Can you confirm adequate provision is included for access to police officers, education,access to Dr's and hospitals? There is a large amount of building happening within this local areabut other services do not appear to have been considered or provided for in these plans. Where isemployment coming from to support new residents to the area? It's not enough any longer to justbe building houses in this area. Can I have a breakdown on what "affordable housing" looks like inthis site? What are proposed selling or rental costs? What sized homes will be set aside for theaffordable quota?

Mrs Debbie Trotman  2 WHARNECLIFFE GARDENS WHITCHURCH BRISTOL  on 2021-02-15   OBJECT

The ongoing changes to the face of Whitchurch, Hengrove, Hartcliffe and even Knowleare showing an already agreed massive development of homes on sites adjacent to this leisurefacility. The impact of the loss of a cinema, bingo hall and potential for further leisure development- a bowling alley would be ideal for this - means that you are creating a whole new community withno where to go and nothing to do. Infrastructure is vital for the success of any area and whatneeds to happen is for this area to be supported and invested in for the purpose it was intended. Itis not enough to simply build and build again. Please protect the future of South Bristol byensuring it has facilities to serve its residents. We have accepted every development withunderstandable reluctance. The gym and hospital meant loss of extensive parts of our playingfields. Enough is enough. This land is for commercial use - allow us the opportunity to enjoy thisspace. Invest in it. Build the bowling alley.As a resident, parent and teacher of the local area I am all too aware of the need for affordableleisure that can be reached within walking distance.

Miss Rachel Patrick   62 HITHER BATH BRIDGE BRISTOL  on 2021-02-15   OBJECT

There are already plans for housing on the old airport with no thought to how the currentinfrastructure of schools, Drs, shops and roads will take the increase in population. There is littlegreen space in this area at present and not a lot to do socially. Removing this park with thecinema, restaurants, bingo and such will just ensure that there is even less to do and will lead tomore anti social behaviour.. Houses are also being built along Airport Road so why do we needmore??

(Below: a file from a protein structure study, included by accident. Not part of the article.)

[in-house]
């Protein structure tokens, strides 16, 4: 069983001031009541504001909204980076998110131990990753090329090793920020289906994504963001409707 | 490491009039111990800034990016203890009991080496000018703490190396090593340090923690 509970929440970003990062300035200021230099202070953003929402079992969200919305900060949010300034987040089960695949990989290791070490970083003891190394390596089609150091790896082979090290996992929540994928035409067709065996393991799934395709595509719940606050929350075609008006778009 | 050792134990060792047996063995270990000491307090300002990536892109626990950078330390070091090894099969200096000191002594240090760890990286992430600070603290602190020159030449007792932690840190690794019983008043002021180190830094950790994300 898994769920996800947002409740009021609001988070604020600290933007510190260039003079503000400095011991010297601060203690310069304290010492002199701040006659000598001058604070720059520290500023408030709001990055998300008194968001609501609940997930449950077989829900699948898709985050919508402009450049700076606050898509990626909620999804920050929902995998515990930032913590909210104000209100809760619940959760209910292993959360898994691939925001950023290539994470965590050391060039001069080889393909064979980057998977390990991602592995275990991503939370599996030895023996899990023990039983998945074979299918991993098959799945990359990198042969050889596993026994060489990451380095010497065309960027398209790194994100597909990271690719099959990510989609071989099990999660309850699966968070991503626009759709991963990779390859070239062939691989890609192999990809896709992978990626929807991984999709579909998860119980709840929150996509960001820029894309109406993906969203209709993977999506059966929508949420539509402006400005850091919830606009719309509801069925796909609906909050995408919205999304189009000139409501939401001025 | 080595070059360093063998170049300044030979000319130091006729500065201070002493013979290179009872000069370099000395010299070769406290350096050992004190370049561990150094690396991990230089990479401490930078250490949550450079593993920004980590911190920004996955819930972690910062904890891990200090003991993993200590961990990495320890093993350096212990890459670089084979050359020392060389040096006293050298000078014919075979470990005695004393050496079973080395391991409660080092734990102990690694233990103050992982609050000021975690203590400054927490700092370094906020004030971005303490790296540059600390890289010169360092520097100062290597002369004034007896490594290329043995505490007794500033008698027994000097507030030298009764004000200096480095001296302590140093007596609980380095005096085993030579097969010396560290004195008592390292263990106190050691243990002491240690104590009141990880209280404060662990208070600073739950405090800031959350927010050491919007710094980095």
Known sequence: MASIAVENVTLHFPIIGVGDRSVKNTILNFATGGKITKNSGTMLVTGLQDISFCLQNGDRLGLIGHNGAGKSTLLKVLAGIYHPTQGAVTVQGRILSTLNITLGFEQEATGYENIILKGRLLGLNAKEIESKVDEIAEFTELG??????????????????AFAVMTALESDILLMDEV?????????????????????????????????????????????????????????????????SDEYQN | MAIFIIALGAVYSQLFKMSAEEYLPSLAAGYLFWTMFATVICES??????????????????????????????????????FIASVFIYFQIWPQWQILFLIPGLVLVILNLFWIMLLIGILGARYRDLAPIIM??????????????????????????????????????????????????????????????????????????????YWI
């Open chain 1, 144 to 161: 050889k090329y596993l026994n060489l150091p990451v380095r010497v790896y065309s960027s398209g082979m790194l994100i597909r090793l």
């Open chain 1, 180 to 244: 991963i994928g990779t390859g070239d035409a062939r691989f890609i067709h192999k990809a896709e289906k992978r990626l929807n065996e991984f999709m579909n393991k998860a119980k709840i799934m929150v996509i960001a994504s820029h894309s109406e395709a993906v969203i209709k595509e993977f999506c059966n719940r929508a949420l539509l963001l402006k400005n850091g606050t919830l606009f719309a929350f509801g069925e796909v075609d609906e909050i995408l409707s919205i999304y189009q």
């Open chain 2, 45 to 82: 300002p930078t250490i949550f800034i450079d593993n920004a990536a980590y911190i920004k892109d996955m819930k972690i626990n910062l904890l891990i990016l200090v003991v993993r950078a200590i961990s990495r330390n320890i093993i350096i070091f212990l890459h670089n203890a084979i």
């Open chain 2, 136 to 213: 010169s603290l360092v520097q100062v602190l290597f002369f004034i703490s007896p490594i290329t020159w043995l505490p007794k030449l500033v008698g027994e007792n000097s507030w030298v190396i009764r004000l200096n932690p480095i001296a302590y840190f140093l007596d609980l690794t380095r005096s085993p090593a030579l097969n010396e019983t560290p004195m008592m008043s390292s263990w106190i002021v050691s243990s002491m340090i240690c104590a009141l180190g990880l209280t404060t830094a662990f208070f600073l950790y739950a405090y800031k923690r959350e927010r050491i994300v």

Mrs Lisa Stannard  4 BEECHMOUNT GROVE BRISTOL  on 2021-02-15   OBJECT

Too much housing, too much traffic, not enough schools/doctors/secondary schools!

Miss Tracy Ross  9 SANDBURROWS WALK HIGHRIDGE BRISTOL  on 2021-02-15   OBJECT

This park is a great area for kids to play for all ages clean & tidy with eating areas nearby it needs to stay open for somewhere for kids to go

Ms Kerry Bailes  37 BORVER GROVE HARTCLIFFE, BRISTOL, BRISTOL BRISTOL  on 2021-02-15   OBJECT

There are already massive amounts of housing being built in the area and no amenitiesto cope with that amount of new families living in the community. Covid has hit the pocket of thoserenting privately and first time buyers so unless these new proposed houses are council housingthen they are not affordable to enough people to make them desirable. The land should be usedfor recreation in whatever means necessary, Children should be able to play outdoors in a safeenvironment and their families need to socialise just as much. Mental health issues are on the riseand unaffordable and undesirable housing alone will not solve it. Youth provision is so desperatelyneeded in South Bristol and especially the wards surrounding this site, give the next generationsomething to look forward to, a space they can call their own. We need mixed, balancedcommunities and not concrete jungles.

Miss Claire Coleman   109 TARNOCK AVENUE BRISTOL  on 2021-02-15   OBJECT

Enough is enough now our area can't take anymore loss of public amenities and publicspace. We are going to be literally trapped in our homes surrounded by housing developmentsand the only thing I can see being is given to the area is a double sized new school. We aresaturated with building of houses already in this area and we have gad enough.